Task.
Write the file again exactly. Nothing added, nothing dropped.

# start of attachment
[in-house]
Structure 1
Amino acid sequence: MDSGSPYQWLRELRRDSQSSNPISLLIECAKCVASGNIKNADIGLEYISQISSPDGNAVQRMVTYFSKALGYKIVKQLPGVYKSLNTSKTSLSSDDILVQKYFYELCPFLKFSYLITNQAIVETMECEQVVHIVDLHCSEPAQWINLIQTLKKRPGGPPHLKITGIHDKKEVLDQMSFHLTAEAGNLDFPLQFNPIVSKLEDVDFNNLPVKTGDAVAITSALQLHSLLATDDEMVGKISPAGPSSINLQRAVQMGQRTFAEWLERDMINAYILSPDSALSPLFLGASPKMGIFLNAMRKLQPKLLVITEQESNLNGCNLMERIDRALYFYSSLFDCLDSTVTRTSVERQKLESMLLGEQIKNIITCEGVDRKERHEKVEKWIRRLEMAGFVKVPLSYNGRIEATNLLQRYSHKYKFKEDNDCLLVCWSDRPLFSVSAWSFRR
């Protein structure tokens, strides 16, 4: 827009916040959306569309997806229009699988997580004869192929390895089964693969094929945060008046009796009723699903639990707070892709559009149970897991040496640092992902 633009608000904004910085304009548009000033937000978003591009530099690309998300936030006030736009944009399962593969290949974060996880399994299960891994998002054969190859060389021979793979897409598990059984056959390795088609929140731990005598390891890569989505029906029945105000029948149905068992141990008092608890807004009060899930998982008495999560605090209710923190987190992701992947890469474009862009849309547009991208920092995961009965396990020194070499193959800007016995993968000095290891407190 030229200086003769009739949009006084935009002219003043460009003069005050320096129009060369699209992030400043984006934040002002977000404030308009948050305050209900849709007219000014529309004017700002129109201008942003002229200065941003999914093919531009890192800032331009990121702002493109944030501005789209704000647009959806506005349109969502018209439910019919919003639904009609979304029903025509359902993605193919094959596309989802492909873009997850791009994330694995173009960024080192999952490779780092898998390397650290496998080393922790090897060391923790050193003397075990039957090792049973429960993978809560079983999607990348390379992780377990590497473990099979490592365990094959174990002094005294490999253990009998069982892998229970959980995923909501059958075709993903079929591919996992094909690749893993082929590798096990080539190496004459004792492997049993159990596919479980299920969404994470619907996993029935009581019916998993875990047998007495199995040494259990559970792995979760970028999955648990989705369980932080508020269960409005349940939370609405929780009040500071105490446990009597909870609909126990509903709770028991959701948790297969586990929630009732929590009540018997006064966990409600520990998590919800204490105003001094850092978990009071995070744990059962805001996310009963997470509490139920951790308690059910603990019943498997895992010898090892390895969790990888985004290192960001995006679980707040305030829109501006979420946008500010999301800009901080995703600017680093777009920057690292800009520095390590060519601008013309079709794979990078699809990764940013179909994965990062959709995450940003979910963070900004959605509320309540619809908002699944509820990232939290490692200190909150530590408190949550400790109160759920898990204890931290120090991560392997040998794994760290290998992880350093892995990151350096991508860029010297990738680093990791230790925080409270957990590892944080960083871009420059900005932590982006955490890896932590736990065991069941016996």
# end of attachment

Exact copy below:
[in-house]
Structure 1
Amino acid sequence: MDSGSPYQWLRELRRDSQSSNPISLLIECAKCVASGNIKNADIGLEYISQISSPDGNAVQRMVTYFSKALGYKIVKQLPGVYKSLNTSKTSLSSDDILVQKYFYELCPFLKFSYLITNQAIVETMECEQVVHIVDLHCSEPAQWINLIQTLKKRPGGPPHLKITGIHDKKEVLDQMSFHLTAEAGNLDFPLQFNPIVSKLEDVDFNNLPVKTGDAVAITSALQLHSLLATDDEMVGKISPAGPSSINLQRAVQMGQRTFAEWLERDMINAYILSPDSALSPLFLGASPKMGIFLNAMRKLQPKLLVITEQESNLNGCNLMERIDRALYFYSSLFDCLDSTVTRTSVERQKLESMLLGEQIKNIITCEGVDRKERHEKVEKWIRRLEMAGFVKVPLSYNGRIEATNLLQRYSHKYKFKEDNDCLLVCWSDRPLFSVSAWSFRR
């Protein structure tokens, strides 16, 4: 827009916040959306569309997806229009699988997580004869192929390895089964693969094929945060008046009796009723699903639990707070892709559009149970897991040496640092992902 633009608000904004910085304009548009000033937000978003591009530099690309998300936030006030736009944009399962593969290949974060996880399994299960891994998002054969190859060389021979793979897409598990059984056959390795088609929140731990005598390891890569989505029906029945105000029948149905068992141990008092608890807004009060899930998982008495999560605090209710923190987190992701992947890469474009862009849309547009991208920092995961009965396990020194070499193959800007016995993968000095290891407190 030229200086003769009739949009006084935009002219003043460009003069005050320096129009060369699209992030400043984006934040002002977000404030308009948050305050209900849709007219000014529309004017700002129109201008942003002229200065941003999914093919531009890192800032331009990121702002493109944030501005789209704000647009959806506005349109969502018209439910019919919003639904009609979304029903025509359902993605193919094959596309989802492909873009997850791009994330694995173009960024080192999952490779780092898998390397650290496998080393922790090897060391923790050193003397075990039957090792049973429960993978809560079983999607990348390379992780377990590497473990099979490592365990094959174990002094005294490999253990009998069982892998229970959980995923909501059958075709993903079929591919996992094909690749893993082929590798096990080539190496004459004792492997049993159990596919479980299920969404994470619907996993029935009581019916998993875990047998007495199995040494259990559970792995979760970028999955648990989705369980932080508020269960409005349940939370609405929780009040500071105490446990009597909870609909126990509903709770028991959701948790297969586990929630009732929590009540018997006064966990409600520990998590919800204490105003001094850092978990009071995070744990059962805001996310009963997470509490139920951790308690059910603990019943498997895992010898090892390895969790990888985004290192960001995006679980707040305030829109501006979420946008500010999301800009901080995703600017680093777009920057690292800009520095390590060519601008013309079709794979990078699809990764940013179909994965990062959709995450940003979910963070900004959605509320309540619809908002699944509820990232939290490692200190909150530590408190949550400790109160759920898990204890931290120090991560392997040998794994760290290998992880350093892995990151350096991508860029010297990738680093990791230790925080409270957990590892944080960083871009420059900005932590982006955490890896932590736990065991069941016996």